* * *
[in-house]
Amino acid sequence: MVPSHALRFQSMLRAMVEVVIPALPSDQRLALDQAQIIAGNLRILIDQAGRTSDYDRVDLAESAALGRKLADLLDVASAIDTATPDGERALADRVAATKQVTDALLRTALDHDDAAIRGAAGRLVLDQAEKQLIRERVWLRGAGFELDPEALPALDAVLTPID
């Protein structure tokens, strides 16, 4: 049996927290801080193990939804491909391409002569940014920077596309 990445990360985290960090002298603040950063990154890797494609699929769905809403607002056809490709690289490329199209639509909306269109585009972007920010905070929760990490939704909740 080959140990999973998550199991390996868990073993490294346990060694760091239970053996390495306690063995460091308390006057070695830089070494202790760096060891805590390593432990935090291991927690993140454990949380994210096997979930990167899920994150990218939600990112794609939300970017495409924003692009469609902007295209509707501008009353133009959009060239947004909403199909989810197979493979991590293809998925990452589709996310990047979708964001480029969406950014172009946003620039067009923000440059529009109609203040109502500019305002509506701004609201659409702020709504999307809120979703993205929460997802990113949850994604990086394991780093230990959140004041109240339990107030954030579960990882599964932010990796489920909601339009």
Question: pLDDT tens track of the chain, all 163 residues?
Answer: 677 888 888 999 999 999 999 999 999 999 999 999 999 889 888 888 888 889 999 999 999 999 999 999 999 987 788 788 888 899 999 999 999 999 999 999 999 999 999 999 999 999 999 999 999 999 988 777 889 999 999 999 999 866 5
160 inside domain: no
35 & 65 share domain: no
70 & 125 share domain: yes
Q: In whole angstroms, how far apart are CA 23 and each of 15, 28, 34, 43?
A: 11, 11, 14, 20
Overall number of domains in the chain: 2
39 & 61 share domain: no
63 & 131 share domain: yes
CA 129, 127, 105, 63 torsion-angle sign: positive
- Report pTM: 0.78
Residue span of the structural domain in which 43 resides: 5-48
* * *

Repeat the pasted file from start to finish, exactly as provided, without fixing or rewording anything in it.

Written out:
[in-house]
Amino acid sequence: MVPSHALRFQSMLRAMVEVVIPALPSDQRLALDQAQIIAGNLRILIDQAGRTSDYDRVDLAESAALGRKLADLLDVASAIDTATPDGERALADRVAATKQVTDALLRTALDHDDAAIRGAAGRLVLDQAEKQLIRERVWLRGAGFELDPEALPALDAVLTPID
């Protein structure tokens, strides 16, 4: 049996927290801080193990939804491909391409002569940014920077596309 990445990360985290960090002298603040950063990154890797494609699929769905809403607002056809490709690289490329199209639509909306269109585009972007920010905070929760990490939704909740 080959140990999973998550199991390996868990073993490294346990060694760091239970053996390495306690063995460091308390006057070695830089070494202790760096060891805590390593432990935090291991927690993140454990949380994210096997979930990167899920994150990218939600990112794609939300970017495409924003692009469609902007295209509707501008009353133009959009060239947004909403199909989810197979493979991590293809998925990452589709996310990047979708964001480029969406950014172009946003620039067009923000440059529009109609203040109502500019305002509506701004609201659409702020709504999307809120979703993205929460997802990113949850994604990086394991780093230990959140004041109240339990107030954030579960990882599964932010990796489920909601339009």
Question: pLDDT tens track of the chain, all 163 residues?
Answer: 677 888 888 999 999 999 999 999 999 999 999 999 999 889 888 888 888 889 999 999 999 999 999 999 999 987 788 788 888 899 999 999 999 999 999 999 999 999 999 999 999 999 999 999 999 999 988 777 889 999 999 999 999 866 5
160 inside domain: no
35 & 65 share domain: no
70 & 125 share domain: yes
Q: In whole angstroms, how far apart are CA 23 and each of 15, 28, 34, 43?
A: 11, 11, 14, 20
Overall number of domains in the chain: 2
39 & 61 share domain: no
63 & 131 share domain: yes
CA 129, 127, 105, 63 torsion-angle sign: positive
- Report pTM: 0.78
Residue span of the structural domain in which 43 resides: 5-48